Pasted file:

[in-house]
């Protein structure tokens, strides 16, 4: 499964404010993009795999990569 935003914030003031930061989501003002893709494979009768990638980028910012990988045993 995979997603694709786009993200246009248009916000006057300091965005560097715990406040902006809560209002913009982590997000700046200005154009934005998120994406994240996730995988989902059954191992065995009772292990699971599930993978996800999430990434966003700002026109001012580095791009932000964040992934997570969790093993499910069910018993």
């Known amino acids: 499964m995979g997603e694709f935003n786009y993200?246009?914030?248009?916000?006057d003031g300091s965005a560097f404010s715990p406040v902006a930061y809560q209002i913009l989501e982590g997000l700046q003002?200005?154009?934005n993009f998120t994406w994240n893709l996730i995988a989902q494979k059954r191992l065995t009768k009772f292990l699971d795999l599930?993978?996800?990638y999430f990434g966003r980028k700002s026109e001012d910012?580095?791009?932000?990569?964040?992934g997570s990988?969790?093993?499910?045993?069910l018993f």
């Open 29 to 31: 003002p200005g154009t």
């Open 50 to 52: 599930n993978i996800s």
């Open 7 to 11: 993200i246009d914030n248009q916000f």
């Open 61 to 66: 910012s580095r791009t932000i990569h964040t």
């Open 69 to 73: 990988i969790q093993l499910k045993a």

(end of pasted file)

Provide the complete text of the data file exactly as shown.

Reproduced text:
[in-house]
């Protein structure tokens, strides 16, 4: 499964404010993009795999990569 935003914030003031930061989501003002893709494979009768990638980028910012990988045993 995979997603694709786009993200246009248009916000006057300091965005560097715990406040902006809560209002913009982590997000700046200005154009934005998120994406994240996730995988989902059954191992065995009772292990699971599930993978996800999430990434966003700002026109001012580095791009932000964040992934997570969790093993499910069910018993």
């Known amino acids: 499964m995979g997603e694709f935003n786009y993200?246009?914030?248009?916000?006057d003031g300091s965005a560097f404010s715990p406040v902006a930061y809560q209002i913009l989501e982590g997000l700046q003002?200005?154009?934005n993009f998120t994406w994240n893709l996730i995988a989902q494979k059954r191992l065995t009768k009772f292990l699971d795999l599930?993978?996800?990638y999430f990434g966003r980028k700002s026109e001012d910012?580095?791009?932000?990569?964040?992934g997570s990988?969790?093993?499910?045993?069910l018993f």
């Open 29 to 31: 003002p200005g154009t």
């Open 50 to 52: 599930n993978i996800s």
């Open 7 to 11: 993200i246009d914030n248009q916000f």
């Open 61 to 66: 910012s580095r791009t932000i990569h964040t």
């Open 69 to 73: 990988i969790q093993l499910k045993a």